September 1, 2014
Nov 16, 2012
10:10 AM
Eat

First Look: Shogun Ramen, a Japanese noodle spot for the Richmond Hill crowd

Miso ramen (Images: Jon Sufrin)

When Jimmy Im and his wife Sophia opened a restaurant in Richmond Hill earlier this year, the intention was to serve sushi. It didn’t take long for the couple to realize that the neighbourhood was lacking something else — a dish that Torontonians have been consuming in ever-increasing quantities as of late. You may have heard of it: ramen.

“Ramen is having a boom in the city,” he says, “and Richmond Hill didn’t have a Japanese noodle house.”

The Ims operated their spot as Tokyo Sushi for about five months before they decided to switch things up and start perfecting ramen recipes. The result is Shogun Ramen, which has been open for about two weeks.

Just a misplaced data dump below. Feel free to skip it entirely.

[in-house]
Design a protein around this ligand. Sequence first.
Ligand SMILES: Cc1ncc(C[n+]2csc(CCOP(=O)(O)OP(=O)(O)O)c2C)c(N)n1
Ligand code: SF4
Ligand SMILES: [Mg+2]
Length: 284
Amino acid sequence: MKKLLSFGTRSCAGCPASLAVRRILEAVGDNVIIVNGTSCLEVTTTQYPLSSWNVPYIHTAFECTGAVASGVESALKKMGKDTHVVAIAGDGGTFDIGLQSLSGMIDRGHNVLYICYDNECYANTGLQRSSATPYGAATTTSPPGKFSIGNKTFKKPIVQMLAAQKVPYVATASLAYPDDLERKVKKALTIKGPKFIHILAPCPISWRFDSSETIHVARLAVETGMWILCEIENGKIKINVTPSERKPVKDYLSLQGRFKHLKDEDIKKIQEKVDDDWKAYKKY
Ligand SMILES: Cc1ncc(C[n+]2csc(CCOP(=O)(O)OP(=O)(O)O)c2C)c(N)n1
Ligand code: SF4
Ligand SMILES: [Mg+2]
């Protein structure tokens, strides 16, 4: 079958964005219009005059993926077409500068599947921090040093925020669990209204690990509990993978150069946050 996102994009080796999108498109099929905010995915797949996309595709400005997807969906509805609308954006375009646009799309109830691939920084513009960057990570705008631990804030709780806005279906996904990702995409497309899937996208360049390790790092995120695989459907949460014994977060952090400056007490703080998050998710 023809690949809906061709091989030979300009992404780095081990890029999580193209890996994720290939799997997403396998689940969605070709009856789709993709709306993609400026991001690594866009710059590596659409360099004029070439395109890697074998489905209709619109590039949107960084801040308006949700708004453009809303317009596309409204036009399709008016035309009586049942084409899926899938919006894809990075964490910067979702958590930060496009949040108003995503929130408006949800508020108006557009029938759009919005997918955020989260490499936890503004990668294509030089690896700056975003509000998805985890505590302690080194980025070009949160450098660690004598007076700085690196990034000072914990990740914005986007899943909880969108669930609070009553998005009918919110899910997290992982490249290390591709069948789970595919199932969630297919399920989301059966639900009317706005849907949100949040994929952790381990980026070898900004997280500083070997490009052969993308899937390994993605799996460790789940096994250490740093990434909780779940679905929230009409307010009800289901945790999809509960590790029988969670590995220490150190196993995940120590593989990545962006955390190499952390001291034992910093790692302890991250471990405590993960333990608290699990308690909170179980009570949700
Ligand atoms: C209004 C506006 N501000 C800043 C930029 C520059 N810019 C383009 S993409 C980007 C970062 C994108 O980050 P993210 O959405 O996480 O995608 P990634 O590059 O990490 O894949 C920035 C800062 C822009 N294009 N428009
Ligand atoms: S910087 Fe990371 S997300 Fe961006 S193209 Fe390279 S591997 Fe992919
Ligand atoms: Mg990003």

Jimmy has around 35 years of experience working with Japanese food, including a stint as the executive chef for Ichiban Sushi House Canada. At Shogun Ramen, he works the kitchen solo and crafts nearly everything in-house. He makes two types of noodles: thin and thick, both made with wheat flour. He ages the noodles for three days before serving them. For his tonkotsu broth, he boils pork bones for 48-hours. Sophia, meanwhile, manages the front-of-house.


Tonkotsu ramen with pork shoulder, egg, bamboo shoots, mushrooms, pickled ginger and green onion

The menu currently features six kinds of ramen: tonkotsu, shio, shoyu, miso and two kinds of seafood ramen ($10-11). The soups do not stray far from tradition, with ingredients such as pork shoulder, nori, bamboo shoots, sweet corn, pickled ginger, fish cake and of course, soy sauce-marinated eggs.

The offerings could change in the future, but for now, Jimmy’s focus is on perfecting the current menu.

“People want me to start making gyoza,” he says, “but I want to concentrate on ramen.”

Shogun Ramen, 10097 Yonge St., Unit 7, 905-237-7499


 
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